Editor in Chief: Moh. Reza Huwaida Tuesday, July 17th, 2018

Political Wheeling and Dealing

Reports unfold an escalation in insurgency triggered by warring factions, mainly the Taliban splinter group, across the country. The blood of scores of Afghan soldiers and civilians were spilled in 2015 and political turbulence continues unabated. The Taliban’s spring offensive wrecked serious havoc and imposed heavy casualties on the country. Additionally, the emergence of the self-styled Islamic State of Iraq and the Levant (ISIL) compounds security challenges. Rumors say that the ISIL group – that slays people on the grounds of their race, color, beliefs, etc. – will usher in strong militancy in coming spring – it would be the ISIL’s spring offensive, if not tackled beforehand. 

Similarly, the Taliban elements seek to spread warped ideology in Afghanistan via founding seminaries. With a new wave of privately run seminaries/madrasahs being opened across the country, there is a growing feeling among women’s rights groups that these freedoms are again under threat. Reportedly, there are now 1,300 unregistered madrasahs in Afghanistan, where children are given only religious teaching. This is increasing fears among those involved in mainstream education. Arguably the most controversial of these madrasahs is Ashraf-ul Madares in Kunduz, founded by two local senior clerics, where 6,000 girls study full time.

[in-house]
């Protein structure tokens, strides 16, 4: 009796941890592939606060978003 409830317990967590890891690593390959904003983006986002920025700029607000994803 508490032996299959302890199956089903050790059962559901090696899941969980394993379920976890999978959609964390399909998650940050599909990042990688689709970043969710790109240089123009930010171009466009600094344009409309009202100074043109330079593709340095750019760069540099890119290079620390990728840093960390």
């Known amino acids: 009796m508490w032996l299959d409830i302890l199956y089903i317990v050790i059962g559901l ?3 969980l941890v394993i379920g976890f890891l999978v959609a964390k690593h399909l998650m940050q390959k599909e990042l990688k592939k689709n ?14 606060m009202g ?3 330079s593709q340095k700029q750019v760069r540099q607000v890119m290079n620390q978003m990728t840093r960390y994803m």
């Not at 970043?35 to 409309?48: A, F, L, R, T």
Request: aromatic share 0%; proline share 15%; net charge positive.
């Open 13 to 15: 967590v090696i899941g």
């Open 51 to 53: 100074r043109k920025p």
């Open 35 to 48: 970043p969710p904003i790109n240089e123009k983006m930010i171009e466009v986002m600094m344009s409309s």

The worsening security situation in Afghanistan has caused the U.S commander, John Campbell to retain the earlier US troops in Afghanistan throughout 2016 to help the struggling Afghan troops in the region. He also intends to seek additional US troops to support them. He has stated in comments to maintain the current force of 9,800 US troops to train Afghan forces and help counter terrorist attacks. He added to revoke the initial idea of retracting 4,300 troops by January 2017.

News from Afghanistan in 2015 has been gloomy, when American troops ended their daily combat mission after 14 years. Taliban rebels overran the northern provincial capital of Kunduz in October and were pushed out after fierce fighting that included an unintended attack by a US warplane on hospital that caused the life of 42 civilians.